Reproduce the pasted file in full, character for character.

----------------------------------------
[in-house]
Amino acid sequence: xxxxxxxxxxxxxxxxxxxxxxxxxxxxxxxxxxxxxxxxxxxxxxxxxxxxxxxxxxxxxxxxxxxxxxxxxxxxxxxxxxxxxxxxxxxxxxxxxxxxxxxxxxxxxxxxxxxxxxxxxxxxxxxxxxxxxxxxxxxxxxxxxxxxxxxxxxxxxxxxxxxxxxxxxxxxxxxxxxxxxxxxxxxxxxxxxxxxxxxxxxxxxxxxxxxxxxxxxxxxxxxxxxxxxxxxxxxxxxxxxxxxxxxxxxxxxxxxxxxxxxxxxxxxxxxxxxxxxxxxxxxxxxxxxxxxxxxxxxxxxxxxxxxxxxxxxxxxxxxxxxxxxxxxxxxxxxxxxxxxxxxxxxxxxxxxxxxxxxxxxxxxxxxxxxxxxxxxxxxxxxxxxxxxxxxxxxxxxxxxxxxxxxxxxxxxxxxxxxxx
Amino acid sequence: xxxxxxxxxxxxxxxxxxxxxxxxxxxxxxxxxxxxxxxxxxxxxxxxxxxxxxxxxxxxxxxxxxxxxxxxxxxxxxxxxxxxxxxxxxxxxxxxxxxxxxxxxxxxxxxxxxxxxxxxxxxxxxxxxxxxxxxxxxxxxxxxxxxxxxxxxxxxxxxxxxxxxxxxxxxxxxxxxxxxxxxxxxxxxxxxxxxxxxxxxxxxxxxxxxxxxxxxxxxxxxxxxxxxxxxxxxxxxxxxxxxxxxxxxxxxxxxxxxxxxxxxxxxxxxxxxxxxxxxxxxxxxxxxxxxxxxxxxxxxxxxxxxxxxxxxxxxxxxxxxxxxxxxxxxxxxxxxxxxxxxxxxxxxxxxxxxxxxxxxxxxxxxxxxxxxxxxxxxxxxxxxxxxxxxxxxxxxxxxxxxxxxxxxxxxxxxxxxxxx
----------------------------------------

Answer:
[in-house]
Amino acid sequence: xxxxxxxxxxxxxxxxxxxxxxxxxxxxxxxxxxxxxxxxxxxxxxxxxxxxxxxxxxxxxxxxxxxxxxxxxxxxxxxxxxxxxxxxxxxxxxxxxxxxxxxxxxxxxxxxxxxxxxxxxxxxxxxxxxxxxxxxxxxxxxxxxxxxxxxxxxxxxxxxxxxxxxxxxxxxxxxxxxxxxxxxxxxxxxxxxxxxxxxxxxxxxxxxxxxxxxxxxxxxxxxxxxxxxxxxxxxxxxxxxxxxxxxxxxxxxxxxxxxxxxxxxxxxxxxxxxxxxxxxxxxxxxxxxxxxxxxxxxxxxxxxxxxxxxxxxxxxxxxxxxxxxxxxxxxxxxxxxxxxxxxxxxxxxxxxxxxxxxxxxxxxxxxxxxxxxxxxxxxxxxxxxxxxxxxxxxxxxxxxxxxxxxxxxxxxxxxxxxxx
Amino acid sequence: xxxxxxxxxxxxxxxxxxxxxxxxxxxxxxxxxxxxxxxxxxxxxxxxxxxxxxxxxxxxxxxxxxxxxxxxxxxxxxxxxxxxxxxxxxxxxxxxxxxxxxxxxxxxxxxxxxxxxxxxxxxxxxxxxxxxxxxxxxxxxxxxxxxxxxxxxxxxxxxxxxxxxxxxxxxxxxxxxxxxxxxxxxxxxxxxxxxxxxxxxxxxxxxxxxxxxxxxxxxxxxxxxxxxxxxxxxxxxxxxxxxxxxxxxxxxxxxxxxxxxxxxxxxxxxxxxxxxxxxxxxxxxxxxxxxxxxxxxxxxxxxxxxxxxxxxxxxxxxxxxxxxxxxxxxxxxxxxxxxxxxxxxxxxxxxxxxxxxxxxxxxxxxxxxxxxxxxxxxxxxxxxxxxxxxxxxxxxxxxxxxxxxxxxxxxxxxxxxxxx